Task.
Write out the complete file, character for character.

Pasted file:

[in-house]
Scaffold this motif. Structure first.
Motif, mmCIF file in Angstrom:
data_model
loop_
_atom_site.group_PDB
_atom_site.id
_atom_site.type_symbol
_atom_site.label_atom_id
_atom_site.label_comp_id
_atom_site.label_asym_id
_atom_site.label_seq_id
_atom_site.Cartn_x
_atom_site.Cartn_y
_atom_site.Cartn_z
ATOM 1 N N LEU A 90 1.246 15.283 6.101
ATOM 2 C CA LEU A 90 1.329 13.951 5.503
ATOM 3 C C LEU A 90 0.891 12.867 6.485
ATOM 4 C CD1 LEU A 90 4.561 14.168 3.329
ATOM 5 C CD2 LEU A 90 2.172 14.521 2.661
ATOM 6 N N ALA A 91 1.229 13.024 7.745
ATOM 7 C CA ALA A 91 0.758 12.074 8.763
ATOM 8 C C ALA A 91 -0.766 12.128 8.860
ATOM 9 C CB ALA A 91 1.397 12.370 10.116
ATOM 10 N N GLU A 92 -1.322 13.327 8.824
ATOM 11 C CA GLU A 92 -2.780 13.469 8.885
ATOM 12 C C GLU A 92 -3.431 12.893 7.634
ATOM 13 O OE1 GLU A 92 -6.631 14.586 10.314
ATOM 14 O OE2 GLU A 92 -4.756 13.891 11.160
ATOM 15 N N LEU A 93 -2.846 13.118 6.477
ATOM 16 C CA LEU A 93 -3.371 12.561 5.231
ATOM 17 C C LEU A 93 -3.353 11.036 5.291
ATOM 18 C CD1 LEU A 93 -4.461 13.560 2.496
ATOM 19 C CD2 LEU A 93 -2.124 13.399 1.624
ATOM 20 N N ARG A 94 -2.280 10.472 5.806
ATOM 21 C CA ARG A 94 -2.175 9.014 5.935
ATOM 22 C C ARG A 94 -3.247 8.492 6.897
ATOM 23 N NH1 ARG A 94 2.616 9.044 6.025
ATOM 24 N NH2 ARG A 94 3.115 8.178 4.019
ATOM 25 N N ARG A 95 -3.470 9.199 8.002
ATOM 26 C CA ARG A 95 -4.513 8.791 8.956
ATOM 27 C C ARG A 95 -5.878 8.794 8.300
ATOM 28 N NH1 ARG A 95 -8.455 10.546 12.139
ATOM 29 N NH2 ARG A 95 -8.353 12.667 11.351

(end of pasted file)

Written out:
[in-house]
Scaffold this motif. Structure first.
Motif, mmCIF file in Angstrom:
data_model
loop_
_atom_site.group_PDB
_atom_site.id
_atom_site.type_symbol
_atom_site.label_atom_id
_atom_site.label_comp_id
_atom_site.label_asym_id
_atom_site.label_seq_id
_atom_site.Cartn_x
_atom_site.Cartn_y
_atom_site.Cartn_z
ATOM 1 N N LEU A 90 1.246 15.283 6.101
ATOM 2 C CA LEU A 90 1.329 13.951 5.503
ATOM 3 C C LEU A 90 0.891 12.867 6.485
ATOM 4 C CD1 LEU A 90 4.561 14.168 3.329
ATOM 5 C CD2 LEU A 90 2.172 14.521 2.661
ATOM 6 N N ALA A 91 1.229 13.024 7.745
ATOM 7 C CA ALA A 91 0.758 12.074 8.763
ATOM 8 C C ALA A 91 -0.766 12.128 8.860
ATOM 9 C CB ALA A 91 1.397 12.370 10.116
ATOM 10 N N GLU A 92 -1.322 13.327 8.824
ATOM 11 C CA GLU A 92 -2.780 13.469 8.885
ATOM 12 C C GLU A 92 -3.431 12.893 7.634
ATOM 13 O OE1 GLU A 92 -6.631 14.586 10.314
ATOM 14 O OE2 GLU A 92 -4.756 13.891 11.160
ATOM 15 N N LEU A 93 -2.846 13.118 6.477
ATOM 16 C CA LEU A 93 -3.371 12.561 5.231
ATOM 17 C C LEU A 93 -3.353 11.036 5.291
ATOM 18 C CD1 LEU A 93 -4.461 13.560 2.496
ATOM 19 C CD2 LEU A 93 -2.124 13.399 1.624
ATOM 20 N N ARG A 94 -2.280 10.472 5.806
ATOM 21 C CA ARG A 94 -2.175 9.014 5.935
ATOM 22 C C ARG A 94 -3.247 8.492 6.897
ATOM 23 N NH1 ARG A 94 2.616 9.044 6.025
ATOM 24 N NH2 ARG A 94 3.115 8.178 4.019
ATOM 25 N N ARG A 95 -3.470 9.199 8.002
ATOM 26 C CA ARG A 95 -4.513 8.791 8.956
ATOM 27 C C ARG A 95 -5.878 8.794 8.300
ATOM 28 N NH1 ARG A 95 -8.455 10.546 12.139
ATOM 29 N NH2 ARG A 95 -8.353 12.667 11.351